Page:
We looked at making fields private a couple of exercises back, but there were a lot of other things going on, too. So this exercise focuses on just that.
There are three instance variables (A.K.A. “fields”) in this object. One is public, one is private, and one has an unspecified access level, which means it defaults to something called “package-private”.
You’ll notice that this object also has two constructors. The first constructor (lines 7-9) has no parameters, so it’s called the “default” constructor or sometimes the “zero-argument” constructor. The second constructor runs from line 11 through 14 and has three String parameters.
That means whenever the driver instantiates a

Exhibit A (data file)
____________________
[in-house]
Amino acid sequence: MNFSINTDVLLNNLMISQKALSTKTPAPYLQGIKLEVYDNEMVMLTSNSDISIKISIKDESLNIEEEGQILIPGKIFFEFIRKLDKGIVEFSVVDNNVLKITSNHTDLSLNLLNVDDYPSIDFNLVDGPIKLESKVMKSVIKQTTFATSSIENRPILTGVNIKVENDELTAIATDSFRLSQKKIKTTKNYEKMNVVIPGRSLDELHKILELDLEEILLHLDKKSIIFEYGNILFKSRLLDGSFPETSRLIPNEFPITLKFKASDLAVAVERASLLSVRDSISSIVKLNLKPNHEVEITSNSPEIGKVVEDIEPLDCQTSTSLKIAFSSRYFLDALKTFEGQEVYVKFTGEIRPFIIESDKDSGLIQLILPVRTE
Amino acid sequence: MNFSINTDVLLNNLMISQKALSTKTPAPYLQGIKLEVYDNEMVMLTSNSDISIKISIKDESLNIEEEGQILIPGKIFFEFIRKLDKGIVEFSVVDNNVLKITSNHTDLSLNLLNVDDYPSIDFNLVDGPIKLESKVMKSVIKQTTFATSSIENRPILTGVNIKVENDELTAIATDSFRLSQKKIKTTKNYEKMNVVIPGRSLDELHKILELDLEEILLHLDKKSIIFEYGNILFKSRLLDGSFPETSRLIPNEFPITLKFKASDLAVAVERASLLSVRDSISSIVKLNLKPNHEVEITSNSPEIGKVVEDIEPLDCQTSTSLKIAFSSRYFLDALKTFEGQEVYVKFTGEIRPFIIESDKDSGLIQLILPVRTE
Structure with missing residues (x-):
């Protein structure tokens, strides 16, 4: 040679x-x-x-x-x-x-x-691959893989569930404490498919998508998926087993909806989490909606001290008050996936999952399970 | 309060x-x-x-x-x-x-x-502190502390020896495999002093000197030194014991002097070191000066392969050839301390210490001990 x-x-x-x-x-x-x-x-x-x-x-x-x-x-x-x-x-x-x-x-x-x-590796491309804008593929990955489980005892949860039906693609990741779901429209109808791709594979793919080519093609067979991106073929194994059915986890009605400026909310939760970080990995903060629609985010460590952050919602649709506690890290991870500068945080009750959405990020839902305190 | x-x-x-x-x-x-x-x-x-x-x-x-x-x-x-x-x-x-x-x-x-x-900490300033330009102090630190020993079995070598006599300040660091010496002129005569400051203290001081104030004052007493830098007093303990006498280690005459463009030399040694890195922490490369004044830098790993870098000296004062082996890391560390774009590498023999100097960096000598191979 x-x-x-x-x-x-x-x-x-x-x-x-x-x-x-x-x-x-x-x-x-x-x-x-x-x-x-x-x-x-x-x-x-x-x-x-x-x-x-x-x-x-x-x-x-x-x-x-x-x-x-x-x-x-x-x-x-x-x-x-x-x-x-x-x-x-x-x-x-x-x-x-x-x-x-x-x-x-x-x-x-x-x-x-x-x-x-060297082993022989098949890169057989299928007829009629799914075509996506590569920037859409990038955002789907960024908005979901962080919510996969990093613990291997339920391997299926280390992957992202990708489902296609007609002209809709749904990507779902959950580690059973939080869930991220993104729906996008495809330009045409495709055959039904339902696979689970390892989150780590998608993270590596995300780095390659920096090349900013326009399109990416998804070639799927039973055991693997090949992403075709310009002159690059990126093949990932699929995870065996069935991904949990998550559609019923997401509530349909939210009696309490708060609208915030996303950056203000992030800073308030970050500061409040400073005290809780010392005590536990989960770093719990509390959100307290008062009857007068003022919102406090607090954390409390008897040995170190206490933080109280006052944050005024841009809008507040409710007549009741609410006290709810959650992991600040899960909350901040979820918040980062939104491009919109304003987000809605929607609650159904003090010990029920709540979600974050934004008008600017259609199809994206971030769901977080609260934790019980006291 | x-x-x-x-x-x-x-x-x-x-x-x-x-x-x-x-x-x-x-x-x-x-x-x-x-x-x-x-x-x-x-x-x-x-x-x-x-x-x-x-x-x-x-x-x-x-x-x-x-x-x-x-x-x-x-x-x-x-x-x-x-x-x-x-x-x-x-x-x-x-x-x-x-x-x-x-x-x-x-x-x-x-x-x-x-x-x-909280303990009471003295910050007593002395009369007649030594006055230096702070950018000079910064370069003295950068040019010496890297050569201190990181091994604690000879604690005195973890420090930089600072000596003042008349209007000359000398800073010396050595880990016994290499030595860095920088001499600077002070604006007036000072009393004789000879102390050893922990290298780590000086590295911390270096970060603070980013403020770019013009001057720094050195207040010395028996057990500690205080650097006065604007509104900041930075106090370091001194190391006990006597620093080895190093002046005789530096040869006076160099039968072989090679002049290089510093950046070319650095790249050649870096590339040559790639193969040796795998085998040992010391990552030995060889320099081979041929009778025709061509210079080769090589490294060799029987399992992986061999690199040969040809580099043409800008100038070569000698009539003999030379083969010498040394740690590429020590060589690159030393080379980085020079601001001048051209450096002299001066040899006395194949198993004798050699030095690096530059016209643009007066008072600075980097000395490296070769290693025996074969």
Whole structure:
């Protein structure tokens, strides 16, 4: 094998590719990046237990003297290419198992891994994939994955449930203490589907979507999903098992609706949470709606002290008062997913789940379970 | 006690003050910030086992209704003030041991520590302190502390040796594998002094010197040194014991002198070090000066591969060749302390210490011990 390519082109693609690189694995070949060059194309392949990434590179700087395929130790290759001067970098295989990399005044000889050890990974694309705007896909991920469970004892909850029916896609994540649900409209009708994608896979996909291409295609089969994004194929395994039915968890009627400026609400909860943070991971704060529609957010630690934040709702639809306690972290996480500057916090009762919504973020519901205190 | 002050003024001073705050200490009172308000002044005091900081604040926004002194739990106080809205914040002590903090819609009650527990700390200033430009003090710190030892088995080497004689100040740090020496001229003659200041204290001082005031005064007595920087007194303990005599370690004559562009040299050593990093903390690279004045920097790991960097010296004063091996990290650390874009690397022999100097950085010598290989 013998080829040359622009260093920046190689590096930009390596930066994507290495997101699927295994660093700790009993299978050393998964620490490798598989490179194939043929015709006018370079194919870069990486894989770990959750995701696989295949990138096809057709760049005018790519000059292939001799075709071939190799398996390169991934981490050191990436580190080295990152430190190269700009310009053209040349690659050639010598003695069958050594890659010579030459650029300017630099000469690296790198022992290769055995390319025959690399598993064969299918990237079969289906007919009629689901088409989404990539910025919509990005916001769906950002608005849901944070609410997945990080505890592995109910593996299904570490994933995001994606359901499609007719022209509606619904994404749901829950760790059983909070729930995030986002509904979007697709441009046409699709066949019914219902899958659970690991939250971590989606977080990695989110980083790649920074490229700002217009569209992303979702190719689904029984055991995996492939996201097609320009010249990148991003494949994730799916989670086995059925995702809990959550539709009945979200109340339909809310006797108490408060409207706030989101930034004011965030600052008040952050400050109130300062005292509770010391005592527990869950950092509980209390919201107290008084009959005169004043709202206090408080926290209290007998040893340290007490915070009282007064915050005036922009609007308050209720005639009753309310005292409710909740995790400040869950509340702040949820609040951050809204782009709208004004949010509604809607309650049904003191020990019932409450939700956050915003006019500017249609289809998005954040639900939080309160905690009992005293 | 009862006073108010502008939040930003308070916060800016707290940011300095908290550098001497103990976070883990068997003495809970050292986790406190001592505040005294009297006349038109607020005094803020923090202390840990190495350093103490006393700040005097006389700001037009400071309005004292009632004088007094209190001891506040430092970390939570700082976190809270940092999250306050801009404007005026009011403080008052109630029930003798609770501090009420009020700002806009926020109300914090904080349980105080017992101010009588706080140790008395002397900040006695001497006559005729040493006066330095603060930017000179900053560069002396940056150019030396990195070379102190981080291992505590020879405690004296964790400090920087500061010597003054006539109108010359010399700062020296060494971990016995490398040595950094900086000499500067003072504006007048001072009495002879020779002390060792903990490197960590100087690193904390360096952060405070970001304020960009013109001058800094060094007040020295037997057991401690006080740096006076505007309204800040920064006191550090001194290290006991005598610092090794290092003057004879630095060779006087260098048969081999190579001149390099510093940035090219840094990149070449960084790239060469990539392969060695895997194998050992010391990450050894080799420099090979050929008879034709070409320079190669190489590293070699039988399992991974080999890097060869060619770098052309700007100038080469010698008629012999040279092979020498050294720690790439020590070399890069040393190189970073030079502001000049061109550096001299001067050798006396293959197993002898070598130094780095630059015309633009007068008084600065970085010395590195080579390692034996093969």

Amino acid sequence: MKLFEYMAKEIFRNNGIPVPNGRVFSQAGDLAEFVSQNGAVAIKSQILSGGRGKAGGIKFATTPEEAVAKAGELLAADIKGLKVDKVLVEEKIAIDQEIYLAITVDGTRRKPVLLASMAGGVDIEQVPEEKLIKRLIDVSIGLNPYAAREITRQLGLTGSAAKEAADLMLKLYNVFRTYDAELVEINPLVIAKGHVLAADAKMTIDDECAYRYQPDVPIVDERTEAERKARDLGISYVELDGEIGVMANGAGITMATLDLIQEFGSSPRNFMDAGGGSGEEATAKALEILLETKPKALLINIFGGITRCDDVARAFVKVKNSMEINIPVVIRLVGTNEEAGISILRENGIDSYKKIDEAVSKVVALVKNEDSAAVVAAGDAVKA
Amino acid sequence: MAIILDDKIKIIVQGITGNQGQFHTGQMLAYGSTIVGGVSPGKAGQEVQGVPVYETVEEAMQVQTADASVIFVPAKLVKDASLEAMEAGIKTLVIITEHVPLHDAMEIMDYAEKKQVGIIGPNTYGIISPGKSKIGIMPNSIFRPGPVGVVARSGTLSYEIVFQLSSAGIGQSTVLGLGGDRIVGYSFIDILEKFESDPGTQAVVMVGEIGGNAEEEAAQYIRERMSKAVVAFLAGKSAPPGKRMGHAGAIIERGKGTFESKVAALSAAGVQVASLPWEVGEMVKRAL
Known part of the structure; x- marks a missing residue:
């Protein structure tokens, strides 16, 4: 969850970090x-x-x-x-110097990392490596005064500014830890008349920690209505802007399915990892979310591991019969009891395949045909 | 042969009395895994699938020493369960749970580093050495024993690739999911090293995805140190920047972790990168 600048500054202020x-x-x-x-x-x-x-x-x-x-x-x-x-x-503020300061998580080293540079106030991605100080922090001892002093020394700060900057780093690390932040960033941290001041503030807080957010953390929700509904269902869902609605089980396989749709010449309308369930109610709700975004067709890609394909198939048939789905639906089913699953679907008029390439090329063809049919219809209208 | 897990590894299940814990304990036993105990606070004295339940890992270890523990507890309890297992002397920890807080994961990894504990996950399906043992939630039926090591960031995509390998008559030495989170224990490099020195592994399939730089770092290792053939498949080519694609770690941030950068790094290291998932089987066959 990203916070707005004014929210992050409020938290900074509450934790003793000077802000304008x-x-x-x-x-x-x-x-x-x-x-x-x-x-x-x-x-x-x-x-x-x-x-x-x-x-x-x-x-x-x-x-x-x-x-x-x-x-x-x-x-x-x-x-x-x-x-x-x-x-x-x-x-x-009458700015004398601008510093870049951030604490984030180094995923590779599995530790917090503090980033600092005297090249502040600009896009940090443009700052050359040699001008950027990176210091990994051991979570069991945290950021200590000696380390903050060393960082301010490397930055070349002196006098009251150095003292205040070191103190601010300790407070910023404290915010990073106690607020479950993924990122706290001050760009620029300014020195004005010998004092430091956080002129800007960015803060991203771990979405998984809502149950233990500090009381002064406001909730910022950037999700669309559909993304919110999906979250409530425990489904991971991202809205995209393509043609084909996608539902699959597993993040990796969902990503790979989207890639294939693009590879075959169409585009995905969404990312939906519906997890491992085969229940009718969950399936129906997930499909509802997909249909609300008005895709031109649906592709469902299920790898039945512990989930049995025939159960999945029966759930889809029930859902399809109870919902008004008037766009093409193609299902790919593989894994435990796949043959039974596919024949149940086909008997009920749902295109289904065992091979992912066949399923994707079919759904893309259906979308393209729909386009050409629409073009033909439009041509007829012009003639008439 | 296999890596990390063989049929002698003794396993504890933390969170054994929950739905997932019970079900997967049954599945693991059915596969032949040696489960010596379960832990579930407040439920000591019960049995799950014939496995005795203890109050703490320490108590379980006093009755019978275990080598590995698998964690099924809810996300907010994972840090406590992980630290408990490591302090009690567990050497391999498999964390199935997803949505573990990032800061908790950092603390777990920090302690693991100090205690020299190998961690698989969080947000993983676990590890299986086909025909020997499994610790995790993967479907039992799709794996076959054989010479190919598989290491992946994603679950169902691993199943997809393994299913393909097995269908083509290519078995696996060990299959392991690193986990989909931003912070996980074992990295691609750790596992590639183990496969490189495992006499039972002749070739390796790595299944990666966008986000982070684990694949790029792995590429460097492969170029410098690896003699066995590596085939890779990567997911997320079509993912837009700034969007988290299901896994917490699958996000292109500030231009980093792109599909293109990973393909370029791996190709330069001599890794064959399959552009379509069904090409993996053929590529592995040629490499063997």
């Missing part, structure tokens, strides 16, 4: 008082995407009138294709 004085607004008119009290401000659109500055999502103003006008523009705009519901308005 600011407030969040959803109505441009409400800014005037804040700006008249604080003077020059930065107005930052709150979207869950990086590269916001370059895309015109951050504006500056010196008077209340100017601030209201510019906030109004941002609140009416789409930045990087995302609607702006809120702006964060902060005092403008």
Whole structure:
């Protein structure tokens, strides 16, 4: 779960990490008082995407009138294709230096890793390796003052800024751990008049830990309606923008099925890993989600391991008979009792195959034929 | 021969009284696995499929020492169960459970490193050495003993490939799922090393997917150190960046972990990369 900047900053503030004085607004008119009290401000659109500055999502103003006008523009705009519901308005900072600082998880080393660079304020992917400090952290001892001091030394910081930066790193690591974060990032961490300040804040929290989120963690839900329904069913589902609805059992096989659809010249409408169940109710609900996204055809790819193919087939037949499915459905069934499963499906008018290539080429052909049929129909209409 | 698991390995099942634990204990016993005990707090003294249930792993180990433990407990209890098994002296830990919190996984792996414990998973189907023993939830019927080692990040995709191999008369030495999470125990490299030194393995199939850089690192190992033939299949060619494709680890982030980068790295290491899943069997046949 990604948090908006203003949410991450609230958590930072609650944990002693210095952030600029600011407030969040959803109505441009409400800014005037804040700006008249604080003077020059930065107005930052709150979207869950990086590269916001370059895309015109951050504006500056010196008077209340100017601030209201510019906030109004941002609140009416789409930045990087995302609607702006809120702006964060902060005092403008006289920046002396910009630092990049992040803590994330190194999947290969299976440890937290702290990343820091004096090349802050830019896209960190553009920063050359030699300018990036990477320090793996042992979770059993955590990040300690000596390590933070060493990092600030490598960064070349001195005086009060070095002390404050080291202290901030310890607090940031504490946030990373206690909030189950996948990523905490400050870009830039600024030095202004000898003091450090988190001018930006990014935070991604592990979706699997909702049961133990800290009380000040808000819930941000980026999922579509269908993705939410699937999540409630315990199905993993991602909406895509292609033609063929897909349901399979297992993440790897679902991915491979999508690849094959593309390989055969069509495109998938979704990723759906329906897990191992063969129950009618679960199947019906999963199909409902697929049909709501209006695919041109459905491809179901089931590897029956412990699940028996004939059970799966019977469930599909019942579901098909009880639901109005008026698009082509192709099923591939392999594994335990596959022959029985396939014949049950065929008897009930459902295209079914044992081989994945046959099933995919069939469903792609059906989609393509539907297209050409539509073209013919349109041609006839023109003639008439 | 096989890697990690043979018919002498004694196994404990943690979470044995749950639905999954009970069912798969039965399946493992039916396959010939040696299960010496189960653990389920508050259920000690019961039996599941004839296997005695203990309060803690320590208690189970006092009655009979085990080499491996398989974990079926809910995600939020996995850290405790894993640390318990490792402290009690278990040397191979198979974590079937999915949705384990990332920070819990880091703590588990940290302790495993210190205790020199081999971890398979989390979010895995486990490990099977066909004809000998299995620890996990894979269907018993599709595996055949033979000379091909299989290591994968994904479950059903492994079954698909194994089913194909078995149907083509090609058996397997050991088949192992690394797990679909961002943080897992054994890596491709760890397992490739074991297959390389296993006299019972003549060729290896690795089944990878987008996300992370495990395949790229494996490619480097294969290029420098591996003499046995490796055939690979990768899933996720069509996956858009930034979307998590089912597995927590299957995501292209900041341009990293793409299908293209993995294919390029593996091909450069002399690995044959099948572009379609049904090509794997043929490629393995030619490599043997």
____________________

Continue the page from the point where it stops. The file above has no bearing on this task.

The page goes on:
FieldAccess object, it can
either do it with no arguments like
new FieldAccess(), or it must pass
in three Strings.
You’ll also see the usual getters and setters for the fields.
On line 3 of the driver we instantiate a
FieldAccess object in the expected
way: call the constructor and pass in three strings. Line 4 shows that it
has been constructed correctly.
Lines 6 through 8 change the fields “properly”: by using the setter (mutator) methods.
On lines 11 through 13 we access all three fields “incorrectly”: directly. The field first actually works; it is public, after all. Accessing last directly wouldn’t even compile, which is why it’s commented out.
And printing out the nick field also works. Remember that a field without an access-level modifier defaults to package-private, which means that any code defined in the same package can touch that variable. We haven’t learned about packages yet (and won’t for a while yet), so all the programs you have written so far are all in the same (unnamed) package.
Hopefully that was a pretty simple exercise, and there weren’t any surprises.
“Learn Object-Oriented Java the Hard Way” is ©2015–2016 Graham Mitchell